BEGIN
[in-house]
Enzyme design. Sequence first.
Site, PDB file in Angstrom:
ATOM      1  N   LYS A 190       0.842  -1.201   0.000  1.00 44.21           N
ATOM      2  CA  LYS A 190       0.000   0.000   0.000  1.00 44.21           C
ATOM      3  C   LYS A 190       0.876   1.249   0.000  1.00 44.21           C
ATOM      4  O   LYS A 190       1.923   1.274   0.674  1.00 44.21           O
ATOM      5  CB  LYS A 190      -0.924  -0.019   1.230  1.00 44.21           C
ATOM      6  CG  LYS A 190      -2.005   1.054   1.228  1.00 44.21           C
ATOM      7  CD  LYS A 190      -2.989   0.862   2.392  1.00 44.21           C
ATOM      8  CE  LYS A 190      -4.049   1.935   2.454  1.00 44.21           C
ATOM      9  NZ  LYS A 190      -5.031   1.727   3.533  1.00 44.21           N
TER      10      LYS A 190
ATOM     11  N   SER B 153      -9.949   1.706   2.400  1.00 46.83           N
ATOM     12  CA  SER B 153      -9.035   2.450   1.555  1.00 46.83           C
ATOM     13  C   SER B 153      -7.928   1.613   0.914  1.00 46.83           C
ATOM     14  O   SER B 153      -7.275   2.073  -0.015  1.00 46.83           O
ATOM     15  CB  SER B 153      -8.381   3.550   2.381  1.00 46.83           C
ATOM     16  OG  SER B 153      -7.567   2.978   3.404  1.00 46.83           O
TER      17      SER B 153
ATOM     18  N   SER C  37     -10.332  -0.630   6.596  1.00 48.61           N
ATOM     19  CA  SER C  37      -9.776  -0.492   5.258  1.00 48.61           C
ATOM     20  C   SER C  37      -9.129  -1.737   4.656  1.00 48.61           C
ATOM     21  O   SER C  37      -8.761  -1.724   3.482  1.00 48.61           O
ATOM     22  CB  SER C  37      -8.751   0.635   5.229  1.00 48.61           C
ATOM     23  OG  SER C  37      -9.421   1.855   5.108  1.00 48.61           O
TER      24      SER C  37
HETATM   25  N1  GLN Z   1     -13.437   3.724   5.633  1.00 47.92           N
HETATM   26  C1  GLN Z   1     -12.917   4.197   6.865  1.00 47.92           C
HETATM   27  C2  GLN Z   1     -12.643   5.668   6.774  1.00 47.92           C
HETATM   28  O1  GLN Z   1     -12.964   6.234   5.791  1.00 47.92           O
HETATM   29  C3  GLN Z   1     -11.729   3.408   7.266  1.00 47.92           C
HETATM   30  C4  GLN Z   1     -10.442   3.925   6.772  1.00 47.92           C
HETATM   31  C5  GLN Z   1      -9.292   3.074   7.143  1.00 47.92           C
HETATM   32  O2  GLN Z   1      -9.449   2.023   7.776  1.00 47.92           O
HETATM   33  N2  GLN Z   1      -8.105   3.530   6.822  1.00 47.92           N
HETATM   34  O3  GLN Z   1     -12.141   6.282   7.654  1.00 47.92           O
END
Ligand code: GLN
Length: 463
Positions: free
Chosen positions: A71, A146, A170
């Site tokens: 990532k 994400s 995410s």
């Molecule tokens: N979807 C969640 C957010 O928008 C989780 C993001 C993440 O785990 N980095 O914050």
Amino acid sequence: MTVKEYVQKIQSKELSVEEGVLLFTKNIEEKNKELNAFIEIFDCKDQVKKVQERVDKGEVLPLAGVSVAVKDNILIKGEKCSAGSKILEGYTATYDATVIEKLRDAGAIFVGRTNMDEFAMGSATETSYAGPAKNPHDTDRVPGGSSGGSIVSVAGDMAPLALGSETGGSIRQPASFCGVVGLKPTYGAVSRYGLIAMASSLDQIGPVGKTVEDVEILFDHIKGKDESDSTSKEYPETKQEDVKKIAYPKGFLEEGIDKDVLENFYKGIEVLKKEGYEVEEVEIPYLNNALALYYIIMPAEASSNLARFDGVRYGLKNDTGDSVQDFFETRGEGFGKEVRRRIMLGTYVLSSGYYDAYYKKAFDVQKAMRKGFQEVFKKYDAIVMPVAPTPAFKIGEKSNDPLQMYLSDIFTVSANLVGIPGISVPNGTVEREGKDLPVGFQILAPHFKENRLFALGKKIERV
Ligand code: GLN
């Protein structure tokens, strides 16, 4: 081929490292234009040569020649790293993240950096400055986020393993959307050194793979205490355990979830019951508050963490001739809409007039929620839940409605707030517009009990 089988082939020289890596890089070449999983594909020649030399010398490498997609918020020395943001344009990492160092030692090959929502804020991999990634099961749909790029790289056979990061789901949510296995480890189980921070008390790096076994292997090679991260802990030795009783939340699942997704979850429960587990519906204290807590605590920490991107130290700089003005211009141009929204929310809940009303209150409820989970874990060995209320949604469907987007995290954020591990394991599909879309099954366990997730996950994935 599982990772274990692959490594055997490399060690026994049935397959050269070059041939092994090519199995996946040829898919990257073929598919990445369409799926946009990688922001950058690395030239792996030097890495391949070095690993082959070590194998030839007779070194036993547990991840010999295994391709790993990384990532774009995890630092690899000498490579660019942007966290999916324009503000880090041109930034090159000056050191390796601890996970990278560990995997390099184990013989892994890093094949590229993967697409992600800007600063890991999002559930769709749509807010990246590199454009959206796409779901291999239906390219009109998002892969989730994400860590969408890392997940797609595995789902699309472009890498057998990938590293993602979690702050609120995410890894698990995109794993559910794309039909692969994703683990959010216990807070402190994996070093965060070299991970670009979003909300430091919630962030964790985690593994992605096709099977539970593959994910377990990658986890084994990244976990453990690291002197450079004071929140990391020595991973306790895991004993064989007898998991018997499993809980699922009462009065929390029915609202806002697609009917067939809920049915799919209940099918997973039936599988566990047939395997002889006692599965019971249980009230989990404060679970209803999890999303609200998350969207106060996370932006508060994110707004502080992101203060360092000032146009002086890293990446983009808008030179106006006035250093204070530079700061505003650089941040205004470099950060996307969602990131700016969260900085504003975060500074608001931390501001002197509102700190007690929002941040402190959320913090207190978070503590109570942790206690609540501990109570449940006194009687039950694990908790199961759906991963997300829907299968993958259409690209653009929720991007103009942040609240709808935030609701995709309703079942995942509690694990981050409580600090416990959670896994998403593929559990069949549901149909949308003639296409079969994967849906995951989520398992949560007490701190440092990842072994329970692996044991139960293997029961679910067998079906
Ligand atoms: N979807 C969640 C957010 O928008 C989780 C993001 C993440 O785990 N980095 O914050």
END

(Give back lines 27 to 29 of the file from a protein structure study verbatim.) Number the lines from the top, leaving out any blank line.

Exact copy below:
TER      24      SER C  37
HETATM   25  N1  GLN Z   1     -13.437   3.724   5.633  1.00 47.92           N
HETATM   26  C1  GLN Z   1     -12.917   4.197   6.865  1.00 47.92           C